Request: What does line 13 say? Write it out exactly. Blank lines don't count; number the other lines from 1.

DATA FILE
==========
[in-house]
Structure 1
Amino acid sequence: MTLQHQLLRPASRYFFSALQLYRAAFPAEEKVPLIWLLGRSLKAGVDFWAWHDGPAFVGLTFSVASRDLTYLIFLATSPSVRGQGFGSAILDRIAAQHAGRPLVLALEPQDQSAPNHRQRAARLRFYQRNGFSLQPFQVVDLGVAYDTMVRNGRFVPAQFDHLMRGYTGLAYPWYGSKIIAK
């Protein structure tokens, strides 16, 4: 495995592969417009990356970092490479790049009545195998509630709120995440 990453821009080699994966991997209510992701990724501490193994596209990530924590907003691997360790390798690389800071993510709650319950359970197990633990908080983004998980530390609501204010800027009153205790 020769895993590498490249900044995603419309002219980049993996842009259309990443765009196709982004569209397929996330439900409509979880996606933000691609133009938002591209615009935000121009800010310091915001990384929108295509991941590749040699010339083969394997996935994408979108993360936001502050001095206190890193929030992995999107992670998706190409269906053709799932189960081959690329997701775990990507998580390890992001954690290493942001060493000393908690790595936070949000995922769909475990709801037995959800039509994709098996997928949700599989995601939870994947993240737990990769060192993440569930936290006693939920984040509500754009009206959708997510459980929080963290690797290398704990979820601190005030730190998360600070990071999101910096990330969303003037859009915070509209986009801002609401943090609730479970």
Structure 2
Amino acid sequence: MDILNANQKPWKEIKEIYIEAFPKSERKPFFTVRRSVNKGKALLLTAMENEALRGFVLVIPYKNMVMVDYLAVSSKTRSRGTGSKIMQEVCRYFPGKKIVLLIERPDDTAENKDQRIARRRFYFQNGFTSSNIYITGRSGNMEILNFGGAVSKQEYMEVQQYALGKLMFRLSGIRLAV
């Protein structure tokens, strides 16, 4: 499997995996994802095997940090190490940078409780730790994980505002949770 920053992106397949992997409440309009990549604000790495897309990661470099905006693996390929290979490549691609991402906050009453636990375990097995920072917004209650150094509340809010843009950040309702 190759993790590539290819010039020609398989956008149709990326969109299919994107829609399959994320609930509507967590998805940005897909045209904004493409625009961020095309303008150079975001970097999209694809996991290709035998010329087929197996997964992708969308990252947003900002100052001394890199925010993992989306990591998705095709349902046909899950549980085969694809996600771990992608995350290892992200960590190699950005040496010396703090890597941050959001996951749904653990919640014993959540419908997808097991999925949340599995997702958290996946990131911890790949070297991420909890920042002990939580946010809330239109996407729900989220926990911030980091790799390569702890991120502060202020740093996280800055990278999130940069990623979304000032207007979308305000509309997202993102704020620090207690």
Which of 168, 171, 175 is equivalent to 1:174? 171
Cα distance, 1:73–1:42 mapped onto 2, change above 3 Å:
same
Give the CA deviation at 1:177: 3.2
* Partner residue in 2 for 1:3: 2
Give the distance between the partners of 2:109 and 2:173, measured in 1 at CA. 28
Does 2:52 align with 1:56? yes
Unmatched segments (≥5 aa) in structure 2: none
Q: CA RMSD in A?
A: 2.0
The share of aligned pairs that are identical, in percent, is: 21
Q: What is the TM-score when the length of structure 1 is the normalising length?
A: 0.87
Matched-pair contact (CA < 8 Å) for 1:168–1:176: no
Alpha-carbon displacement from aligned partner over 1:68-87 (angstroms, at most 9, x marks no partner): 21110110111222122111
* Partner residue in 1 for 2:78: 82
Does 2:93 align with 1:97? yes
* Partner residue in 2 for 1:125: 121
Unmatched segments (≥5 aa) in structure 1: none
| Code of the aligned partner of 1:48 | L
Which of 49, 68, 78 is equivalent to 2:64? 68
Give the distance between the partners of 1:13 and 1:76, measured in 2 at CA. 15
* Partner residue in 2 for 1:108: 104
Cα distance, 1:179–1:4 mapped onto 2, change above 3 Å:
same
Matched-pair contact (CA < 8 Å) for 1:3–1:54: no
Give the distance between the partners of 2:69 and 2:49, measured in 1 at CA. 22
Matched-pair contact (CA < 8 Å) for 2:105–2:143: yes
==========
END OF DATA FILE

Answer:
Give the distance between the partners of 2:109 and 2:173, measured in 1 at CA. 28